Questions from the locals

Questions from the locals


Travelling in Egypt, this is one question from the locals you hear all the time. Egyptians mostly assume I am American, German or French, as presumably the majority of tourists are. (Whilst staying in an apartment in Cairo, the circa-12 year old daughter of the manager came up to me in the lobby one morning, and with a serious expression and the utmost courtesy said ‘Bonjour’). When I answer that I am from Australia, most replies begin with ‘Australia number one…’ and then ‘Melbourne? Sydney?’ Considering about 40% of Aussies live in these two cities, it’s a fair question.

I was taken aback when one bloke in Sharm El Sheikh listed off all the State capitals and then said ‘Wagga Wagga’. For the many thousands (if not millions) of international readers of this blog, Wagga Wagga (often abbreviated to simply ‘Wagga’) is a regional town in New South Wales about half way between Melbourne and Sydney. I said ‘Mate how on earth do you know Wagga Wagga?’ Turns out he had an Australian girlfriend for a while.

After asking if I am from Sydney or Melbourne, the next most frequent comment is ‘kangaroo’, sometimes accompanied by some interesting interpretations of kangaroo postures and movements. Then comes the occasional ‘g’day mate’, all of which is fun.

I was, however, mortified when one taxi driver said ‘From Australia? Aussie Aussie Aussie, oi, oi, oi!’ I froze. I cringed. My head dropped in shame. Whoever started this mindless, moronic, embarrassing chant has done a massive disservice to Australia and they should be stripped of their citizenship and sent to an uninhabited island somewhere in Bass Strait where they can never humiliate us as a nation ever again.

The most interesting, and unexpected, reply to me stating that I was from Australia was ‘Oh Australia? Captain Cook’. Now although Cook is significant figure in modern Australian history, I was staggered that anyone in Egypt had ever heard of him. That is not to say that I believe Egyptian people don’t know about world history, but I imagine Australian history is not big on the school curriculum.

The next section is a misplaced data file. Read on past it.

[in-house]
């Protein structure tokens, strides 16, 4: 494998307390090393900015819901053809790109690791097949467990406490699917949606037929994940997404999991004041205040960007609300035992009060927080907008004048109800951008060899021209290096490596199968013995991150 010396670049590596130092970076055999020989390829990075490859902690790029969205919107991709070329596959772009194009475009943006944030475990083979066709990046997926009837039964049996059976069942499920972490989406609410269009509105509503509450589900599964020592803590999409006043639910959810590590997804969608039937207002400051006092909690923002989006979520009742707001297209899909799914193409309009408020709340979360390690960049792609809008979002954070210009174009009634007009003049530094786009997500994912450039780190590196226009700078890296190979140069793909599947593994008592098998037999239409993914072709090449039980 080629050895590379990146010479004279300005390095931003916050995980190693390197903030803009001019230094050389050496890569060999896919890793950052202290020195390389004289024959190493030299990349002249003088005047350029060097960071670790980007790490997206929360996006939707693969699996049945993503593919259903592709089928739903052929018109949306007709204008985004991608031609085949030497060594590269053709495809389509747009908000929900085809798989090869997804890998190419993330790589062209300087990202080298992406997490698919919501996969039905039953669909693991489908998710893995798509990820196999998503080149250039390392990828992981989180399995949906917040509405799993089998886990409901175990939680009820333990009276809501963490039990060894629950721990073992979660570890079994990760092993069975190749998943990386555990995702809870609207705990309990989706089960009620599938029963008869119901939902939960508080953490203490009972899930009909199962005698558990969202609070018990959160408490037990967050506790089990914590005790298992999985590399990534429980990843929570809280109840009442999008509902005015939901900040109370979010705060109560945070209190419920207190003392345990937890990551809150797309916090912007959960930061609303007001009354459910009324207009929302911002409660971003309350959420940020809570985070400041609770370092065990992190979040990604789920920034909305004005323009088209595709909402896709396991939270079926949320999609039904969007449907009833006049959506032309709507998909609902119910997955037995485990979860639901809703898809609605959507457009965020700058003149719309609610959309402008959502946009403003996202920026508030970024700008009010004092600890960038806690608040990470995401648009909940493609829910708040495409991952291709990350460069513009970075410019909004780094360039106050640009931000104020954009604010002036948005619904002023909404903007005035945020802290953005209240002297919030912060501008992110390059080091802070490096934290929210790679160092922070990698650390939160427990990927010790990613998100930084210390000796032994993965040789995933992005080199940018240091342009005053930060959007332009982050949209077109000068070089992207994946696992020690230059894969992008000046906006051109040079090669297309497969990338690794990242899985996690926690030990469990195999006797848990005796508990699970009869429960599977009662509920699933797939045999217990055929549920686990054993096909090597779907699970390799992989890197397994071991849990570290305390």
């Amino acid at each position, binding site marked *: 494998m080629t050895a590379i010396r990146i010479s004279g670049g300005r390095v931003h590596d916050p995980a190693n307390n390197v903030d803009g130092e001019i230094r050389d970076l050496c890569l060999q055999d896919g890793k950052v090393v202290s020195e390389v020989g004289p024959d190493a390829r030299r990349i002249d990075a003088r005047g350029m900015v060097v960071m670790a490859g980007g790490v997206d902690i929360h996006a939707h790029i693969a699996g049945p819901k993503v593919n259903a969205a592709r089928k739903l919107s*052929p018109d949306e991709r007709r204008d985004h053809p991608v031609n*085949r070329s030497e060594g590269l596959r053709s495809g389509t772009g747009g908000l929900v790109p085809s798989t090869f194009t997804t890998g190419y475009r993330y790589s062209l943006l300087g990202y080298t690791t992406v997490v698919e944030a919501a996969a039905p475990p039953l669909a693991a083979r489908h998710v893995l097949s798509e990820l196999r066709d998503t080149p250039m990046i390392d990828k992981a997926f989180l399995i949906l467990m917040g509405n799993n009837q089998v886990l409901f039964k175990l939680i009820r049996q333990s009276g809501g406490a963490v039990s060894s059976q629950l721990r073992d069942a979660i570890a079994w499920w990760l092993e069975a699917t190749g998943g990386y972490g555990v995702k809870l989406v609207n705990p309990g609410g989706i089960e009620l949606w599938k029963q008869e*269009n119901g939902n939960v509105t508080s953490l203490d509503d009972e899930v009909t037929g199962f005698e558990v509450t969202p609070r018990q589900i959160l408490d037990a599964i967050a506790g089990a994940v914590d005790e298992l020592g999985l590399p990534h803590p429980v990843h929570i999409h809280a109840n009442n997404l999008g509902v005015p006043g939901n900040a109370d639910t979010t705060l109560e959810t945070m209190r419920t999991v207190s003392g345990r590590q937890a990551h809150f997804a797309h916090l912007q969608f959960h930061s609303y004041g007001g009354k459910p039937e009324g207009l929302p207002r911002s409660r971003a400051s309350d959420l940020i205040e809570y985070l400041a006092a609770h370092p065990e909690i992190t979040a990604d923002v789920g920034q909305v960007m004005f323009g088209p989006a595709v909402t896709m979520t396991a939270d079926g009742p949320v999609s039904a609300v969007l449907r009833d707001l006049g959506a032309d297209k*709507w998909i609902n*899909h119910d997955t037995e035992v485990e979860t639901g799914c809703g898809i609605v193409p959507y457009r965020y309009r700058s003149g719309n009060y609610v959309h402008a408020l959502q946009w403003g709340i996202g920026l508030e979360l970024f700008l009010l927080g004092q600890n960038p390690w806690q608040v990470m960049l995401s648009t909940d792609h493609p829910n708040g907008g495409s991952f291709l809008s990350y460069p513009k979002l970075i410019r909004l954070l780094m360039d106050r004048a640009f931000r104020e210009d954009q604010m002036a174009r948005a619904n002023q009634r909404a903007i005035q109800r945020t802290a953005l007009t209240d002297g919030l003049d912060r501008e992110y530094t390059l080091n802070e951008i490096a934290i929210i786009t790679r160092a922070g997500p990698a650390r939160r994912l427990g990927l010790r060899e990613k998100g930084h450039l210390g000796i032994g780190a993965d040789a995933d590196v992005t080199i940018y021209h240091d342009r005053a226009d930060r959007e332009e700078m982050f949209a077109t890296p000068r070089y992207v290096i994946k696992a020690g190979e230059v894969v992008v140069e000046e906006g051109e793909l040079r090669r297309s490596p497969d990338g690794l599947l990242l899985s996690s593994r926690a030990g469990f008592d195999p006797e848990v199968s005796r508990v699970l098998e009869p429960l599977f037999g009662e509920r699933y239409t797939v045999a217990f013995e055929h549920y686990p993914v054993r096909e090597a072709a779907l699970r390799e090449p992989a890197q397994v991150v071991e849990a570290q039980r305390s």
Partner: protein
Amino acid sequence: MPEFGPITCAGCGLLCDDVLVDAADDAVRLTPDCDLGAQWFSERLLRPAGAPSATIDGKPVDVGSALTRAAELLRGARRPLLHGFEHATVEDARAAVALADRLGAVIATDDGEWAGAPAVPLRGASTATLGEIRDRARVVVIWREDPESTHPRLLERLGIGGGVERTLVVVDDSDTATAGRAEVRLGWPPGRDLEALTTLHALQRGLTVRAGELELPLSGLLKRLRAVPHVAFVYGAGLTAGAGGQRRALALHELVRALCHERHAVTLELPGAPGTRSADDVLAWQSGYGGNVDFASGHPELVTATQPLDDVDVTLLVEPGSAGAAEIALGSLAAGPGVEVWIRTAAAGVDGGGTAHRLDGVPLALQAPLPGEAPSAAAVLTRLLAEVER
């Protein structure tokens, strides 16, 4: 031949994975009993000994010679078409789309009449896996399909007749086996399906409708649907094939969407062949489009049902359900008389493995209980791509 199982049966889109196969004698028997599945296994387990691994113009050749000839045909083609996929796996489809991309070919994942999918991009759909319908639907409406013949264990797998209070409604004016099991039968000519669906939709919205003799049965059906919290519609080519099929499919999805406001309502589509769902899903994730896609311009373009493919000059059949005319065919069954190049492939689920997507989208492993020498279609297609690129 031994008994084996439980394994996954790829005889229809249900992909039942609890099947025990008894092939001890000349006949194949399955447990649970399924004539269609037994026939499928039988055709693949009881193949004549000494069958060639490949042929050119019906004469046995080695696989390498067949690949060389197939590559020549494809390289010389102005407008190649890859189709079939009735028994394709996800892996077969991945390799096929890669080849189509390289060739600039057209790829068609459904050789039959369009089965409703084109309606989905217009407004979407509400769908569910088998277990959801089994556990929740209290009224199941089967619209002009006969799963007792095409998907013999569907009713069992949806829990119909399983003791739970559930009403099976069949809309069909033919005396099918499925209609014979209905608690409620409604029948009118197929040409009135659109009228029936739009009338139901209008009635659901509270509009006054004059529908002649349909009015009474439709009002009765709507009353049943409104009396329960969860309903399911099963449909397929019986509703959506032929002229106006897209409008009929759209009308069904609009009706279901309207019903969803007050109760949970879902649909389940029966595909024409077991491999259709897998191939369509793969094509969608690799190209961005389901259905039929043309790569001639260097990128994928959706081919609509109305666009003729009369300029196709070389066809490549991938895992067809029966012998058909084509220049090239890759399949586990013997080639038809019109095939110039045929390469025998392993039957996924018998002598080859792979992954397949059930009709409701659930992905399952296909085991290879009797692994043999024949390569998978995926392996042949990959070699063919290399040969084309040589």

I expect more Australians, fascinated as many of us are with Egypt, would be able to name an Egyptian historical figure (Tutankhamun or Cleopatra, for instance), than an Egyptian person is likely to come up with Captain Cook. In hindsight I should have asked the bloke how he knew of Cook, but I think I was too taken aback at the time. Presumably a tourist mentioned him, although it’s a little hard to imagine the context of the conversation. Unless of course the tourist was John Howard.

Considering that Australians have not been permitted to travel overseas for about a year, there are not many of us about. I met two South Australians in Tunisia who had been travelling by private yacht for years, and another bloke in Aswan who had also been on the move since before Corona struck. That’s been it in 15 months. Considering the distinct lack of opportunities, you certainly can’t blame the Egyptians for busting out the kangaroo moves when the rare chance arises.

If you enjoyed this post, you may also like Siwa Oasis, Treasure of Luxor

Know someone who might like this post?

4 thoughts on “Questions from the locals

  1. Jim, I’m completely with you on that moronic ‘Aussie, Aussie, Aussie’ thing. A backpacker once asked me what it means. I still don’t have an answer and still inwardly cringe whenever I hear it.

    1. Yeah it’s a national embarrassment. There are many things I never want to hear again (like Tony Abbott, and the entire Phil Collins back catalogue, for example), and that chant is definitely one of them

Leave a Reply

Your email address will not be published. Required fields are marked *

The maximum upload file size: 512 MB. You can upload: image, audio, video, document, spreadsheet, interactive, text, archive, code, other. Links to YouTube, Facebook, Twitter and other services inserted in the comment text will be automatically embedded. Drop file here